East Aurora New York National Guard Soldier Erin Colburn Accepted to West Point
Soldier was notified of her acceptance while serving in Kuwait
CAMP ARIFJAN, KUWAIT (12/05/2012)(readMedia)-- New York Army National Guard Spc. Erin Colburn, an East Aurora N.Y., resident, has been selected for admission to the United States Military Academy at West Point.
Colburn, who joined the New York Army National Guard at age 17 in 2009, was deployed in Kuwait with the 27th Brigade Special Troops Battalion, when she was informed of her selection.
Colburn, the daughter of Bonnie and Darrell Colburn of Marilla, N. Y, was presented with her letter of selection by Lt. Gen. Vincent K. Brooks, Commanding General of Third Army, and a graduate of the Academy himself. The presentation took place aboard the Army's Logistics Support Vessel Maj. Gen. Robert Smalls (LSV-8) on Oct. 27.
In Kuwait Colburn served as non-commissioned officer in charge of the Camp Patriot Intelligence Section.
Colburn applied to West Point through a special program that reserves 85 seats in each class for members of the Army National Guard and Army Reserve. She applied in September and was accepted in October.
Colburn said that it's the experience she's had during her deployment, "seeing how officers and NCOs interact at different levels," that drives her to want to be an officer.
After the presentation, Colburn was featured in the filming of a "Go Army, Beat Navy" commercial, highlighting her steering the vessel as it defended against United States Navy Sailors coming up alongside the boat. The commercial is due to air during the Army-Navy football game in Philadelphia on December 8.
To join the Army National Guard at age 17, Colburn had to get permission from her parents.
"We knew it was what she truly wanted to do, so we stood behind what she wanted. She's always had a very mature attitude towards her decision-making," her mother said.
Colburn said part of her choice to join the military came from a desire to help and serve others.
"I needed to find a way to give back to my community after Girl Scouts," she said. "I couldn't be a Girl Scout forever, so I joined the army," said Colburn.
She had long considered a career in journalism, but changed her focus towards the military because she wanted to experience what was going on first hand. As her father puts it, "She didn't want to report on it, but wanted to help do it."
Colburn chose to become an intelligence analyst specialist, and completed training in January 2011, quickly followed by her first drill with the 27th Brigade Support Battalion's Headquarters Company in Buffalo, N.Y. in April 2011.
She was assigned to the intelligence section, where she began working under the battalion's S-2 intelligence officer, Cpt. Jessica Jurj.
"[Colburn] quickly demonstrated an exceptional ability to multitask, to take charge, and a good leadership quality. For someone her age – at the time she was 19 – it was way above what I would expect of a Soldier with such little experience in the military," Jurj said.
The unit was sourced for deployment to Afghanistan that coming December (later changed to Kuwait in January 2012). Although Colburn had aspirations to become an officer, she postponed in order to support the deployment.
In October 2011, during the battalion's three-week, pre-deployment training, Colburn was given the the responsibility of daily intelligence gathering.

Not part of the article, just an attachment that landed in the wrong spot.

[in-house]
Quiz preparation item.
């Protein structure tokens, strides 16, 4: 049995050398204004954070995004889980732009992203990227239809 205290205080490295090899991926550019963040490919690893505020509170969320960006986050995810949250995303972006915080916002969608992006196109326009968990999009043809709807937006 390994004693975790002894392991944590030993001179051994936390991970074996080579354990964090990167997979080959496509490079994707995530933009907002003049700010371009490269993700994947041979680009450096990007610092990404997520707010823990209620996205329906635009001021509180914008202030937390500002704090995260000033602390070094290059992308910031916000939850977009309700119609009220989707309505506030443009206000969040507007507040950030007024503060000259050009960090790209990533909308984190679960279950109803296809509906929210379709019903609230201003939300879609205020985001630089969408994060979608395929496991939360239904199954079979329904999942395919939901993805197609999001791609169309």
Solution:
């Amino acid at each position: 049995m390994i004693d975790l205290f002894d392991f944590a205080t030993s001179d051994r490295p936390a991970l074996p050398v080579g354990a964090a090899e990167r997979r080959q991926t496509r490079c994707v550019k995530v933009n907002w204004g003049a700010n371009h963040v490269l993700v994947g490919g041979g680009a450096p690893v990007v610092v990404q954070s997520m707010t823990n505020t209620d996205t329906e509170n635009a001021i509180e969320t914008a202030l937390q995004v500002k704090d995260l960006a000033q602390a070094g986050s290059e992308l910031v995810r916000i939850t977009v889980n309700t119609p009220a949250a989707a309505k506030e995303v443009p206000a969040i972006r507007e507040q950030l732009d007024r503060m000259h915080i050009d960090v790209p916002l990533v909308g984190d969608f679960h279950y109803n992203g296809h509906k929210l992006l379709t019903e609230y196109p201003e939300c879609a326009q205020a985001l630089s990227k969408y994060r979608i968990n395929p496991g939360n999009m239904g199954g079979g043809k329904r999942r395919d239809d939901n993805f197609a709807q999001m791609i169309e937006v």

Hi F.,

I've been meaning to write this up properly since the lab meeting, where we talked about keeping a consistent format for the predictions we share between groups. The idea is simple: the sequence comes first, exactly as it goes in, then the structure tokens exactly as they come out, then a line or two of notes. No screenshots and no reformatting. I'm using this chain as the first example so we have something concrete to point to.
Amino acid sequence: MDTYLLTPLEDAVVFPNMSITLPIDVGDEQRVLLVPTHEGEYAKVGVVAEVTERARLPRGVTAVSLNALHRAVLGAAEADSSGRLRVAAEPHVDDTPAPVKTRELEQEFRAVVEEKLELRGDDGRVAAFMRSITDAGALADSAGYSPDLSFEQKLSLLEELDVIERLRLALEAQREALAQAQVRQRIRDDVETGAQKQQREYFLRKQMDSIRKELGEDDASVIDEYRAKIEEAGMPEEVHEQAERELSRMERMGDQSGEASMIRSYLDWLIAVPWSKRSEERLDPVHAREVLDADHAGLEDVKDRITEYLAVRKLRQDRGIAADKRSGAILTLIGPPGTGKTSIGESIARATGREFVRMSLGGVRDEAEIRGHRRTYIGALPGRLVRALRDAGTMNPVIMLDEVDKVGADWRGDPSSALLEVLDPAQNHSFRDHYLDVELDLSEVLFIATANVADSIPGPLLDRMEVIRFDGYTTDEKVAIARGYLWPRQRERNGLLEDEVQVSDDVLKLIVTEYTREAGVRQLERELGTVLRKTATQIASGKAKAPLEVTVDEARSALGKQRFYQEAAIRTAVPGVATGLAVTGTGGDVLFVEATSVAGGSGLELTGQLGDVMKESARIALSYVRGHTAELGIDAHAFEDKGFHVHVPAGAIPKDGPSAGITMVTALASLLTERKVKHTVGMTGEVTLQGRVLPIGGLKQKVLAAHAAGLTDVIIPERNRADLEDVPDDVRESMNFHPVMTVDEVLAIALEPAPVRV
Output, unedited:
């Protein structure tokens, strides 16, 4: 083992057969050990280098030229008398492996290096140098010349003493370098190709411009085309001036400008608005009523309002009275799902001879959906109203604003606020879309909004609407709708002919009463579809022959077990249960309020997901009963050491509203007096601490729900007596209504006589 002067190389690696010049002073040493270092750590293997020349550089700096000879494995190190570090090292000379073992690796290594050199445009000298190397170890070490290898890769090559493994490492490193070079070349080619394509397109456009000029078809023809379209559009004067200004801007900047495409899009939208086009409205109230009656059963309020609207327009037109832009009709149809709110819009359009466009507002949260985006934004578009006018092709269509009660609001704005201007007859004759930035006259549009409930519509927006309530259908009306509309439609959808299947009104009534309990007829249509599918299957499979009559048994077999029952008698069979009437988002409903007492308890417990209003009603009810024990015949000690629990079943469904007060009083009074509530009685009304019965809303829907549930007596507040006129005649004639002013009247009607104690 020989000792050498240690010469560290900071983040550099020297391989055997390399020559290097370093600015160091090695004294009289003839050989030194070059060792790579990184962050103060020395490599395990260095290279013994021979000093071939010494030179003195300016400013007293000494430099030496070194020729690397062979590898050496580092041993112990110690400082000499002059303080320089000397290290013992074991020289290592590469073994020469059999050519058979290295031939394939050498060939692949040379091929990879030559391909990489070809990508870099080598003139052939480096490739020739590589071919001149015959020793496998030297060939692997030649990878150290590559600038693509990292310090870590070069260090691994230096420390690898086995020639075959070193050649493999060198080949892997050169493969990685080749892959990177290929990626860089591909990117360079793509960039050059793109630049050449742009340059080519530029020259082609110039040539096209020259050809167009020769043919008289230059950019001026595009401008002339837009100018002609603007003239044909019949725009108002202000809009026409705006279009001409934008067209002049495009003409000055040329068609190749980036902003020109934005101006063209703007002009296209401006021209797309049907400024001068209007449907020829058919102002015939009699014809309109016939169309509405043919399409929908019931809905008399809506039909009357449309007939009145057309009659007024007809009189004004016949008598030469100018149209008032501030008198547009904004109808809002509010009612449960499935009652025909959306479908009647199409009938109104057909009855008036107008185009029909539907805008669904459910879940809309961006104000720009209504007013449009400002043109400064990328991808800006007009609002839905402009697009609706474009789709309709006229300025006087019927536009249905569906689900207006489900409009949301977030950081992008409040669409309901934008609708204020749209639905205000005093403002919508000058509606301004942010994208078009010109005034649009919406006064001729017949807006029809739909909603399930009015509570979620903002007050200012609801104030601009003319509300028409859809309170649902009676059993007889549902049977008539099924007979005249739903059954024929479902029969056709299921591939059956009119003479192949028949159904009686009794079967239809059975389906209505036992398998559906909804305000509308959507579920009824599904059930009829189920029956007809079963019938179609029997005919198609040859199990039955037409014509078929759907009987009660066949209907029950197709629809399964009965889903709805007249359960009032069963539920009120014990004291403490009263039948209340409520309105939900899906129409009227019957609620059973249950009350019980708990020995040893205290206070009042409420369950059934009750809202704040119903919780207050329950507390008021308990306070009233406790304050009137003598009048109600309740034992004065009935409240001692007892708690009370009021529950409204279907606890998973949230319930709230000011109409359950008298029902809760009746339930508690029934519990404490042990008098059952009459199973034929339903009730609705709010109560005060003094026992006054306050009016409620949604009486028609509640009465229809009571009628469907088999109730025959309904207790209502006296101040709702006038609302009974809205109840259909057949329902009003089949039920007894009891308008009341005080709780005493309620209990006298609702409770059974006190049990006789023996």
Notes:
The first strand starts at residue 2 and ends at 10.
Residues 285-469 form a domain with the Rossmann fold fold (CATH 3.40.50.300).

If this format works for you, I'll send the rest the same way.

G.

"It was the first time where I was working completely independently," she said. "I was pretty much put into a brand new environment...and I worked first shift, which is when everything happens, all by myself."
Once the battalion settled into their mission at Camp Patriot, Jurj assigned Colburn to be the acting Non-Commissioned Officer in Charge (NCOIC) of the, now larger, intelligence section. In addition, she was also assigned as the physical security NCOIC for the camp.
"She, without a doubt, operates at the junior officer level," said Jurj. "The great thing about Specialist Colburn is that she operates with little guidance. The biggest thing, too, is she seeks that challenge...she looks forward to [it]."
After more than a year of working together, Jurji said that it's Colburn's character that will help her succeed the most at West Point.
"She motivates other soldiers. She's always seeking the opportunity to volunteer, help others, and take charge." Mrs. Colburn said, "She's very determined. Once she puts her mind to something, she gets it done."
All of these qualities have come in handy as Colburn has worked towards a bachelor's degree in emergency management through online courses during her deployment. Though she won't be able to complete the degree before starting at West Point, it's a step towards her long-term goal of working in emergency management and homeland security.
At home, in Marilla, there's a feeling of excitement and pride.
"[To] those we have told, it's not unbelievable that she could do it, but unbelievable that it's happening...it came as a surprise. I told her I knew she could do it if she wanted to," said Mr. Colburn.
"Erin, regardless of what she did, has always tried to do her best. I guess the people in the military have taken notice, and now she's being rewarded for it."
Colburn, who plans to study geospatial intelligence, is slated to begin her career at West Point in July 2013.
From a story by 1st LT Avery P. Schneider, 27th Brigade Special Troops Battalion New York Army National Guard.